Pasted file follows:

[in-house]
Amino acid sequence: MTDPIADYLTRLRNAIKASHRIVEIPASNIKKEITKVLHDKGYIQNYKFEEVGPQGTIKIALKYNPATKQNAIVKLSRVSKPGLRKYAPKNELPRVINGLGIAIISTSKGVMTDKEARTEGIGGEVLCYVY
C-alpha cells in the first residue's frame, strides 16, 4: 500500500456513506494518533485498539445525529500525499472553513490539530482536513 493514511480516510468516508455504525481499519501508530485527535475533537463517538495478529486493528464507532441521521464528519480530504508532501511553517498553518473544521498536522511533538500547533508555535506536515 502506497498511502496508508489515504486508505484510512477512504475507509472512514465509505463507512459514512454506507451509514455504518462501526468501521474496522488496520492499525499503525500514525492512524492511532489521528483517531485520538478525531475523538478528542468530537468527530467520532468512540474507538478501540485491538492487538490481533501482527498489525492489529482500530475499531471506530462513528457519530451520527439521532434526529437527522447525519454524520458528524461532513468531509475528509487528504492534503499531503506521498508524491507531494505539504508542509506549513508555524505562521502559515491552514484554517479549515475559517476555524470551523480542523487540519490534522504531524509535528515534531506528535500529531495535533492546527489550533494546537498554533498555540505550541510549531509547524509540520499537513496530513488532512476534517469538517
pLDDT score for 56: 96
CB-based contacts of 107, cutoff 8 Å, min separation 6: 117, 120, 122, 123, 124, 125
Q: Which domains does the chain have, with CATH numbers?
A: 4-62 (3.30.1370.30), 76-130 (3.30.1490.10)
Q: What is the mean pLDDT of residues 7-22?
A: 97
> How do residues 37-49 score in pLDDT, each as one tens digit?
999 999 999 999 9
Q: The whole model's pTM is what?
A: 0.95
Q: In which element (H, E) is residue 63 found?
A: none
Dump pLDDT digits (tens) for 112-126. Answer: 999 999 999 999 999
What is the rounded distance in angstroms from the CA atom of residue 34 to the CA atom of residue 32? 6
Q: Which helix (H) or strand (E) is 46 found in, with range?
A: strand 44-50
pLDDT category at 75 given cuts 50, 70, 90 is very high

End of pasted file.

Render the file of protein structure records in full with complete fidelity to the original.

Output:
[in-house]
Amino acid sequence: MTDPIADYLTRLRNAIKASHRIVEIPASNIKKEITKVLHDKGYIQNYKFEEVGPQGTIKIALKYNPATKQNAIVKLSRVSKPGLRKYAPKNELPRVINGLGIAIISTSKGVMTDKEARTEGIGGEVLCYVY
C-alpha cells in the first residue's frame, strides 16, 4: 500500500456513506494518533485498539445525529500525499472553513490539530482536513 493514511480516510468516508455504525481499519501508530485527535475533537463517538495478529486493528464507532441521521464528519480530504508532501511553517498553518473544521498536522511533538500547533508555535506536515 502506497498511502496508508489515504486508505484510512477512504475507509472512514465509505463507512459514512454506507451509514455504518462501526468501521474496522488496520492499525499503525500514525492512524492511532489521528483517531485520538478525531475523538478528542468530537468527530467520532468512540474507538478501540485491538492487538490481533501482527498489525492489529482500530475499531471506530462513528457519530451520527439521532434526529437527522447525519454524520458528524461532513468531509475528509487528504492534503499531503506521498508524491507531494505539504508542509506549513508555524505562521502559515491552514484554517479549515475559517476555524470551523480542523487540519490534522504531524509535528515534531506528535500529531495535533492546527489550533494546537498554533498555540505550541510549531509547524509540520499537513496530513488532512476534517469538517
pLDDT score for 56: 96
CB-based contacts of 107, cutoff 8 Å, min separation 6: 117, 120, 122, 123, 124, 125
Q: Which domains does the chain have, with CATH numbers?
A: 4-62 (3.30.1370.30), 76-130 (3.30.1490.10)
Q: What is the mean pLDDT of residues 7-22?
A: 97
> How do residues 37-49 score in pLDDT, each as one tens digit?
999 999 999 999 9
Q: The whole model's pTM is what?
A: 0.95
Q: In which element (H, E) is residue 63 found?
A: none
Dump pLDDT digits (tens) for 112-126. Answer: 999 999 999 999 999
What is the rounded distance in angstroms from the CA atom of residue 34 to the CA atom of residue 32? 6
Q: Which helix (H) or strand (E) is 46 found in, with range?
A: strand 44-50
pLDDT category at 75 given cuts 50, 70, 90 is very high